Robert Harris Thesis Presentation: Protoplanetary Disks in Multiple Star Systems.


Tuesday, August 27, 2013, 11:00am to 12:15pm

See also: PhD Colloquium


Phillips Auditorium

The title of his presentation is Protoplanetary Disks in Multiple Star Systems.


Most stars are born in multiple systems.  Because of this ubiquity, planets in these systems could comprise a large fraction of all planets.  Theory indicates that stellar companions reduce the likelihood of planet formation by stripping away mass from young protoplanetary disks and by inhibiting grain growth to large sizes.  Significant evidence of this reduction, however, has been elusive.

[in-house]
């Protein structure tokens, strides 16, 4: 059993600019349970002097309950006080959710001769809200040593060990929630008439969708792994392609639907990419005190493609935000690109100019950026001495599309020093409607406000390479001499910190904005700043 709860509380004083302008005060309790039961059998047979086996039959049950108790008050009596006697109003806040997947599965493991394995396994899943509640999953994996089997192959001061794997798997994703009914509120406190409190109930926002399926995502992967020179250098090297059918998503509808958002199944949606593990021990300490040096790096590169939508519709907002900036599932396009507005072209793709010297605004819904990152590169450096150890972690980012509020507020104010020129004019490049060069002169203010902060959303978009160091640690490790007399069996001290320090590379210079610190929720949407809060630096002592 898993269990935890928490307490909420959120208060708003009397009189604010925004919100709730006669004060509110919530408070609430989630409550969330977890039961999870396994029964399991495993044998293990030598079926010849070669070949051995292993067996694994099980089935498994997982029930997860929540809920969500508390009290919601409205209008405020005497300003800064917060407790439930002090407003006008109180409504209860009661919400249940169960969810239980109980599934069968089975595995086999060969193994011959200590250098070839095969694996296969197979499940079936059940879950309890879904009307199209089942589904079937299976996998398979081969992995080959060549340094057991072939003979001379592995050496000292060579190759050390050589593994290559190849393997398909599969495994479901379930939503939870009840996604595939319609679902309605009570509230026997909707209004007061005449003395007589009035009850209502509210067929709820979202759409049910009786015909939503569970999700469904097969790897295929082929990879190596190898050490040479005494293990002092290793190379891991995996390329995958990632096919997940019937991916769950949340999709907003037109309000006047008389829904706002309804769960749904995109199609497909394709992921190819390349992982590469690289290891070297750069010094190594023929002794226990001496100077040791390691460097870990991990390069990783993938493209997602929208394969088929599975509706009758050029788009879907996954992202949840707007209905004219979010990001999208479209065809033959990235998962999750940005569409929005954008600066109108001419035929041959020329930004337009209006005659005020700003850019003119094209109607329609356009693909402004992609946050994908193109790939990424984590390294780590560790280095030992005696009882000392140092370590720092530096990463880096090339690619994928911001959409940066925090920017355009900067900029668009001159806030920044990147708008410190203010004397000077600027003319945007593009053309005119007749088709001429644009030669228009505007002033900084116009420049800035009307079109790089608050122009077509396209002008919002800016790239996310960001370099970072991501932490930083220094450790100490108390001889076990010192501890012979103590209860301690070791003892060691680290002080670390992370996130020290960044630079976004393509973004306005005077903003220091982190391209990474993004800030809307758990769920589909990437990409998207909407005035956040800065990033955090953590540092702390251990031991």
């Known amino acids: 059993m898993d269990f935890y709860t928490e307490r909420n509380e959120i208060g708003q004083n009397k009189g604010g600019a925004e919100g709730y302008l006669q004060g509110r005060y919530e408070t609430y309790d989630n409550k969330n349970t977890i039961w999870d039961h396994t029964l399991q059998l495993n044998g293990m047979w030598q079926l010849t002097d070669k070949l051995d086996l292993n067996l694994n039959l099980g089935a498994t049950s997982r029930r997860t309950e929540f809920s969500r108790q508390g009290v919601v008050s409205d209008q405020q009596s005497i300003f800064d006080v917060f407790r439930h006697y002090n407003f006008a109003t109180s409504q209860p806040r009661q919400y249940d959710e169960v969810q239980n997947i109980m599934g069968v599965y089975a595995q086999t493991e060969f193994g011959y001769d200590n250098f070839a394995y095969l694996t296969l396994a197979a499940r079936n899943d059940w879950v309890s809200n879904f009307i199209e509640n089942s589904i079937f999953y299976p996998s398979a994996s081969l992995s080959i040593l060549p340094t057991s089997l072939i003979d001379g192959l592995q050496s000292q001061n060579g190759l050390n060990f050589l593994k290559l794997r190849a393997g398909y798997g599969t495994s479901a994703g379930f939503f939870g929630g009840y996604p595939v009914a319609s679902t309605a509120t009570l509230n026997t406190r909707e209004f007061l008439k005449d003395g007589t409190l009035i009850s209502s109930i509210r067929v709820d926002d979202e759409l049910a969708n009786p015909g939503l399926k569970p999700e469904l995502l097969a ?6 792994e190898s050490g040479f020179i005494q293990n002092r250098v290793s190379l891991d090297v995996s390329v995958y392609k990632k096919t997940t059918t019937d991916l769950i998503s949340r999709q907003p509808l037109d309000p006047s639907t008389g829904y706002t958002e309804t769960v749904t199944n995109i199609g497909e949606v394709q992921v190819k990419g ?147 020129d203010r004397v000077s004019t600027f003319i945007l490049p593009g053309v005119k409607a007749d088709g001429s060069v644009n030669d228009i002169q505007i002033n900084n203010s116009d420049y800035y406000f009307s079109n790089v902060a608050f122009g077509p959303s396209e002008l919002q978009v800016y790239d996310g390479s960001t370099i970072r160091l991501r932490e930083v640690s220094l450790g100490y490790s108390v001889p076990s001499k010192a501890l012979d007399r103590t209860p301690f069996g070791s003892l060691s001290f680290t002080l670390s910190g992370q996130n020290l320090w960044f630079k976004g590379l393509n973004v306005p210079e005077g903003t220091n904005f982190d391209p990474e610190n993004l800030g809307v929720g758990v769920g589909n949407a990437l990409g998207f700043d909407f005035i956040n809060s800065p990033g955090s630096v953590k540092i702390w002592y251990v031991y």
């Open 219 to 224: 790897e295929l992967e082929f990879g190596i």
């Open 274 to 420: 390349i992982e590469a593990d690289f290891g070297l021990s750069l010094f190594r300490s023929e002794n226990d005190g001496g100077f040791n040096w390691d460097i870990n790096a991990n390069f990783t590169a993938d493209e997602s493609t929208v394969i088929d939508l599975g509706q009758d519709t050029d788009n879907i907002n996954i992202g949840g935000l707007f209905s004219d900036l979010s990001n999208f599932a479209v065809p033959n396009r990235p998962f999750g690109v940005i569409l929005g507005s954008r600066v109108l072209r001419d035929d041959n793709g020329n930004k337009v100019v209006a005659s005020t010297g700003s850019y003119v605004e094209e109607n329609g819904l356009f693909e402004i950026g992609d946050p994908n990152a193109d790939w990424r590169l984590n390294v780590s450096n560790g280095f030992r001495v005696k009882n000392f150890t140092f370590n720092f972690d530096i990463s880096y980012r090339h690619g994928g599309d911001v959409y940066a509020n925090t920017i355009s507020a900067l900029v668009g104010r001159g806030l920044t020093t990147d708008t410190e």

In this thesis talk, I present interferometric millimeter- and radio-wave continuum studies of the impact of stellar companions on young protoplanetary disks. In the first half of my talk, I present a large Submillimeter Array survey of multiples in the nearby Taurus-Auriga star forming region.  I demonstrate with this survey that companions have dramatic effects on protoplanetary disk masses and lifetimes, but that theoretical models of disk truncation fail to match observations of disk radii.  During the second part of my talk, I focus on the grain growth properties of disks in three multiple systems.  I present high-resolution, multi-band interferometric studies of the disks in the UZ Tau quadruple system, the AS 205 triple system, and the UX Tau quadruple system.  Using these observations, I find evidence for radial variations in dust properties in protoplanetary disks that are consistent with theoretical models.  I find no evidence that companions have significant impact on grain growth to large sizes.